â€˘ General: Craniopharyngiomas are suprasellar tumors that are thought to derive from the vestigial remnants of Rathkeâ€™s pouch. They are slow-growing tumors, which account for about 1-5% of intracranial tumors. Abnormalities in Wnt signaling pathway, including activating B-catenin mutations, have been reported. They exhibit benign histology yet malignant behavior, as they have the tendency to involve nearby structures and recur after complete resection.
â€˘ Pathology: Craniopharyngiomas average 3-4cm in diameter, may be encapsulated, solid, and most often cystic. They often encroach on the optic chiasm or cranial nerves. There are two histological variants; Ademantinomatous and Papillary. Ademantinomatous is most often seen in children and this type frequently contains radiologically demonstrable calcifications, these dystrophic calcifications are a frequent finding.
â€˘ Epidemiology: Overall incidence of craniopharyngiomas in the US is 0.13 per 100,000. They display a bimodal age distribution, one peak in childhood (1-15 years old) and the second peak in adults >65 years old.
â€˘ Physical Findings: Symptoms most often develop insidiously and only become apparent once the tumor reaches about 3cm in diameter. Presenting symptoms in adults are classically headache and visual disturbances, while children often present with growth retardation due to pituitary hypofunction and Growth Hormone deficiency. On physical exam both neurological and general findings may occur. There may be signs suggestive of increased ICP or visual field defects. Also, there could be endocrine signs of hypothyroidism or adrenal insufficiency. Symptoms of hypothyroidism include puffiness, non-pitting edema, slow deep tendon reflexes, and constipation. Adrenal insufficiency can present with symptoms of decreased cortisol, such as hypotension and hypoglycemia, or insufficient aldosterone, characterized by hypovolemia, azotemia, and hyperkalemia, which could lead to cardiac arrhythmias.
â€˘ DDx: Arteriovenous Malformations, Cavernous Sinus Syndrome, Low-Grade Astrocytoma, Migraine headache, Mutliple Sclerosis, Neurosyphilis, Primary CNS Lymphoma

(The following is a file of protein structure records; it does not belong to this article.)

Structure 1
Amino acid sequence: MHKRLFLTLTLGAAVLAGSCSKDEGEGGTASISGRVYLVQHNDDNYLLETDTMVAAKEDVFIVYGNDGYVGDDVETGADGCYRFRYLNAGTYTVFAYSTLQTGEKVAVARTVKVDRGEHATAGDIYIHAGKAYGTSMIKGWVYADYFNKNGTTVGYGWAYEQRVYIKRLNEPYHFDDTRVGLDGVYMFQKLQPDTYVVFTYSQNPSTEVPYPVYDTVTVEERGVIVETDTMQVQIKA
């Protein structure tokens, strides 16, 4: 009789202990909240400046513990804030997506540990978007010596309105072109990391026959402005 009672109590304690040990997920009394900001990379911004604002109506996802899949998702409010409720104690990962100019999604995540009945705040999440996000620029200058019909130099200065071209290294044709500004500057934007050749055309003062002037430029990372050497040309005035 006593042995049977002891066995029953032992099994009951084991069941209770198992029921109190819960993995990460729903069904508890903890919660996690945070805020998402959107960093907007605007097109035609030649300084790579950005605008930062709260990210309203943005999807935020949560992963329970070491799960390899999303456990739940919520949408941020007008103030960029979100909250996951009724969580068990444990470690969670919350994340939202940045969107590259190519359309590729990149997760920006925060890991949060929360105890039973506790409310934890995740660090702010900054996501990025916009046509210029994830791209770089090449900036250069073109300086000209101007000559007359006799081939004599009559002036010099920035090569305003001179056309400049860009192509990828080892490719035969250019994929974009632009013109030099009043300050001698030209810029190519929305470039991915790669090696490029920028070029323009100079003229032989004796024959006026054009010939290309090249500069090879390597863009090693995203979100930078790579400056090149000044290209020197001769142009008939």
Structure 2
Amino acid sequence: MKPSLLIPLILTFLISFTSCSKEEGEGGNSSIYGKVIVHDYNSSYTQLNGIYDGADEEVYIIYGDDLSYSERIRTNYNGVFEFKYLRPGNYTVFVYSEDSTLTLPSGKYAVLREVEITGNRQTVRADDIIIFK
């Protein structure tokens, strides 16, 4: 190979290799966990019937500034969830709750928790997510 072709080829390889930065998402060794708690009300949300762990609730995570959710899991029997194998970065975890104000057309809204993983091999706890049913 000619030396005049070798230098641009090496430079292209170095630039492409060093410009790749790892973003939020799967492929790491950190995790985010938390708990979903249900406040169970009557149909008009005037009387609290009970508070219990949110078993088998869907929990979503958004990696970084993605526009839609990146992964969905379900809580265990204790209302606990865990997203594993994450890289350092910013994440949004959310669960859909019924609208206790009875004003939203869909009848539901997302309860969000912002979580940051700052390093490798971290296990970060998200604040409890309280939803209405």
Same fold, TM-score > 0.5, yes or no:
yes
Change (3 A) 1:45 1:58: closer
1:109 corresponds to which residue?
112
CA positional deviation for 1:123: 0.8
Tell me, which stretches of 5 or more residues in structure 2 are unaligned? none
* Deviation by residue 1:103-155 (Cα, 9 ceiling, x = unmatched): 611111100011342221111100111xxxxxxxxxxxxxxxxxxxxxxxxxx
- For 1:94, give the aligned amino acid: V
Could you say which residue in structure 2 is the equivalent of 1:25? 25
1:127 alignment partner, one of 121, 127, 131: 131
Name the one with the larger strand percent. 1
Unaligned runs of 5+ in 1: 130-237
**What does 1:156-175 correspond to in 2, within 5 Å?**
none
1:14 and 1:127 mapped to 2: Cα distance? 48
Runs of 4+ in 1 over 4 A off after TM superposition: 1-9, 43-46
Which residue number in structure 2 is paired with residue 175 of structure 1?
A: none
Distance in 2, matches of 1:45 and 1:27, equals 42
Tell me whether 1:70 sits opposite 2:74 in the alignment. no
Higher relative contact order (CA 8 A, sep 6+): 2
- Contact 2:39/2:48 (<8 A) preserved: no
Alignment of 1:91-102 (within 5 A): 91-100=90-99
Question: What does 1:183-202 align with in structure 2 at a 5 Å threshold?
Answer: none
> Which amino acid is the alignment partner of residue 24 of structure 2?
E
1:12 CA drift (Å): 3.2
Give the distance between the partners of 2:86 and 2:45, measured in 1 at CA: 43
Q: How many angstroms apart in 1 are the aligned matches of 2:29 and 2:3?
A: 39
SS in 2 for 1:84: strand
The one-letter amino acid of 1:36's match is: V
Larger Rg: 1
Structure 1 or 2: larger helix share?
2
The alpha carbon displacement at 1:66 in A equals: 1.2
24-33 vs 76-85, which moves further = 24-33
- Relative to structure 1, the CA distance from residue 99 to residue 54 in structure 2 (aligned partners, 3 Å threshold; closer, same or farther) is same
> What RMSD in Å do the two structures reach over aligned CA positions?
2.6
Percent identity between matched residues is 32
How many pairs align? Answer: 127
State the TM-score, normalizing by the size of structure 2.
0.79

â€˘ Workup: A full workup needs to include an extensive H&P, laboratory studies, and imaging studies. Useful lab tests include endocrinologic studies such as baseline serum electrolytes, serum and urine osmolarity, thyroid studies, morning and evening cortisol levels, Growth Hormone levels, LH/FSH levels. Imaging studies strongly suggest the diagnosis, with the radiologic hallmark of Craniopharyngiomas being the presence of a sellar/suprasellar calcified cyst. CT scan is the most sensitive method to demonstrate such cysts. MRI is most useful in defining the local anatomy, which is required for the surgical approach.
â€˘ Treatment: There are two main treatment options available for Craniopharyngiomas. The first is total gross resection, the second being limited surgery followed by radiotherapy. Gross total surgery is currently the treatment of choice but it does have significant morbidity and mortality, 20% and 12% respectively.
â€˘ Outcomes: Overall, the prognosis for tumors <5cm is excellent for recurrence-free survival. In patients < 20 years of age survival is 99% at 5 yrs. For patients > 65% 5-year survival is much less at only 38%. Larger lesions are more invasive but also have an excellent prognosis. Malignant transformation to squamous carcinoma is very rare and usually occurs after irradiation.